Pelsterpand goes international
Empty beer bottles and abandoned conference tables are about all that’s left of the student organizations on the ground floor at the Sint Walburgstraat. All of the internationally-oriented student groups – KEI, ESN, Aegee, SIB, Aiesec and Teimun – are leaving the location on the sunny Sint Walburgstraat and moving to the considerably darker alleyway of the Pelsterstraat, just off the Vismarkt.
With its classic brick facade, freshly painted walls and spotless floors, no one would mistake the university-owned Pelsterpand for a student house, unlike the rundown facilities at Sint Walburgstraat. ESN chairman Mike Kolman walks from room to room inside the new building on Wednesday afternoon, taking in ESN’s new domain. ‘The whole first floor is for ESN, and I think that’s a good acknowledgement from the university that we’re more important than we used to be’, he says.
The international groups may be new to the building, but up until the early 2000s, the Pelsterpand was home to student organizations such as GSb and the Studentenkrant – the bright pink walls in the basement still bear the hand-painted name of the student newspaper. However, the location was deemed unfit for human habitation and had to be vacated – asbestos, in other words, according to Kolman.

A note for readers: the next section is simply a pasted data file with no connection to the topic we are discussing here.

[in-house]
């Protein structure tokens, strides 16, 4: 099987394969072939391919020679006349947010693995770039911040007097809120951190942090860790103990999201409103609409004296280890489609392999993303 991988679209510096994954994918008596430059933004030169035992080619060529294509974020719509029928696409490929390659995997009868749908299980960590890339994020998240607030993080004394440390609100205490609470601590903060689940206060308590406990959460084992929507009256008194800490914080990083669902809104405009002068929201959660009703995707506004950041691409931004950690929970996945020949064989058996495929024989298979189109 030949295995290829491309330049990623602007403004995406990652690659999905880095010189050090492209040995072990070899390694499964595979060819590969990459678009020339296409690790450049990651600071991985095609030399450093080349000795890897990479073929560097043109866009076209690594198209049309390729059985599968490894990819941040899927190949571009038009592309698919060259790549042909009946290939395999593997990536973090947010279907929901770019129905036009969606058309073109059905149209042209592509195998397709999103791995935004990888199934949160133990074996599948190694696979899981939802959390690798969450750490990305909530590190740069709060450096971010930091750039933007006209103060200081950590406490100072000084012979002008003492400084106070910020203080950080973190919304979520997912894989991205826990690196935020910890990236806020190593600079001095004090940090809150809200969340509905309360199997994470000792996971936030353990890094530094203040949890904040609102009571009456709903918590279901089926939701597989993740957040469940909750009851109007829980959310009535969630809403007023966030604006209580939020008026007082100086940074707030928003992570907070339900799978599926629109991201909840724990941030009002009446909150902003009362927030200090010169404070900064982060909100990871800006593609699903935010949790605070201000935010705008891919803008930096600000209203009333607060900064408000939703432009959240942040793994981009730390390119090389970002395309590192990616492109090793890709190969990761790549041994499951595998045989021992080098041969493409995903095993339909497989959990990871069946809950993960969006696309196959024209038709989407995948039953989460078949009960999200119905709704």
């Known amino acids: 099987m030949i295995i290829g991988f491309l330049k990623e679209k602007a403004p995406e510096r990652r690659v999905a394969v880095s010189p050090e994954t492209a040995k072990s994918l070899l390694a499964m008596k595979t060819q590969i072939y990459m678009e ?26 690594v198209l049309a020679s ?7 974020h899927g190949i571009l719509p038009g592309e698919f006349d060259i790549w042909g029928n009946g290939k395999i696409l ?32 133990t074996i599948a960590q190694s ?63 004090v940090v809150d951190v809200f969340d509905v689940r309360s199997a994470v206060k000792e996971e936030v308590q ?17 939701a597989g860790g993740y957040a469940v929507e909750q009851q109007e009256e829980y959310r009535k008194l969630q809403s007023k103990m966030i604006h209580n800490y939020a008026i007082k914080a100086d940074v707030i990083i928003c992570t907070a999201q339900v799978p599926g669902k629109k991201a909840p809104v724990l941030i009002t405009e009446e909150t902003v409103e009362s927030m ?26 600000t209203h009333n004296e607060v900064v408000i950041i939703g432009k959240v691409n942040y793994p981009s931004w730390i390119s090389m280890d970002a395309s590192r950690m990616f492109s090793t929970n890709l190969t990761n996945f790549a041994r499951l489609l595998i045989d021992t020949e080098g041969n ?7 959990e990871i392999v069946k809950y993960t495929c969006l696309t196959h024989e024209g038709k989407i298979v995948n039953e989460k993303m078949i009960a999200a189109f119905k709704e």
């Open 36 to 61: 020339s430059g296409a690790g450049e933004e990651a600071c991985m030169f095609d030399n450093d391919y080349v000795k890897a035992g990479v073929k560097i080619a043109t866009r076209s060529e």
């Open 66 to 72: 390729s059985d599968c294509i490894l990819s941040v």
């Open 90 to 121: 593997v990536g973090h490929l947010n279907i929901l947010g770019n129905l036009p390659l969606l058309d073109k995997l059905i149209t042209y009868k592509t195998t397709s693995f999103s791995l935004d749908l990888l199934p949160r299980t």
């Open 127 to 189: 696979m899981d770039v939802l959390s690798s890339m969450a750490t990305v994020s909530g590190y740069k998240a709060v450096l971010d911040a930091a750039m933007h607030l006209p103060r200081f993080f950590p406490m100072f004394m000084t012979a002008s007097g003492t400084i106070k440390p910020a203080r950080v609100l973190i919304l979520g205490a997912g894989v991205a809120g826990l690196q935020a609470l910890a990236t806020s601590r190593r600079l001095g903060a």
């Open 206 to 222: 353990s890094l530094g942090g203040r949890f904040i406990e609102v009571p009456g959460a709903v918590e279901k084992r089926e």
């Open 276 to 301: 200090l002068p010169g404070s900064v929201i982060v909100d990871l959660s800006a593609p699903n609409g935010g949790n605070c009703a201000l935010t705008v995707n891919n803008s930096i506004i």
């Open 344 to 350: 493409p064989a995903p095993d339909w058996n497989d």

While the now asbestos-free building provides an ideal location for the various groups’ headquarters, the move to the Pelsterstraat is likely also temporary. ‘This will be approximately a 5 year stay’, says Max Dannenburg, chairman of the KEI foundation.
While KEI has several international students within their organization, they are figuring out where they fit in the new building. ‘As KEI, we do both Dutch and international student activities, so it’s not necessarily a bad thing or good thing for us that it’s more about the international groups being here together.’
The Pelsterpand has some perks, though. ‘One good thing is that the windows in this place can actually open, so that’s a big improvement’, Dannenburg says. Aegee secretary Josine Rawee puts it more bluntly: ‘The old building was just crap.’
Sense of community
The building at Pelsterstraat 23 is undeniably better, but Rawee hopes that the student house-like sense of community from the Sint Walburgstraat, with its gross, sticker-covered walls, will survive the move.
‘Over there, sometimes we had parties or just stayed late to work, and that’s going to be more difficult here. We can’t be here after 10 without advance permission, but we’re students’, she says. While these six groups have found a new home, there are sixteen that have called Sint Walburgstraat 22A home since 2003. Those that remain still don’t know where they’ll be moving in the coming months.
‘It’s horrible. They just keep them in the dark. At first they were going to go to the Academy building but now they say there’s no space there’, Kolman says, sympathetically.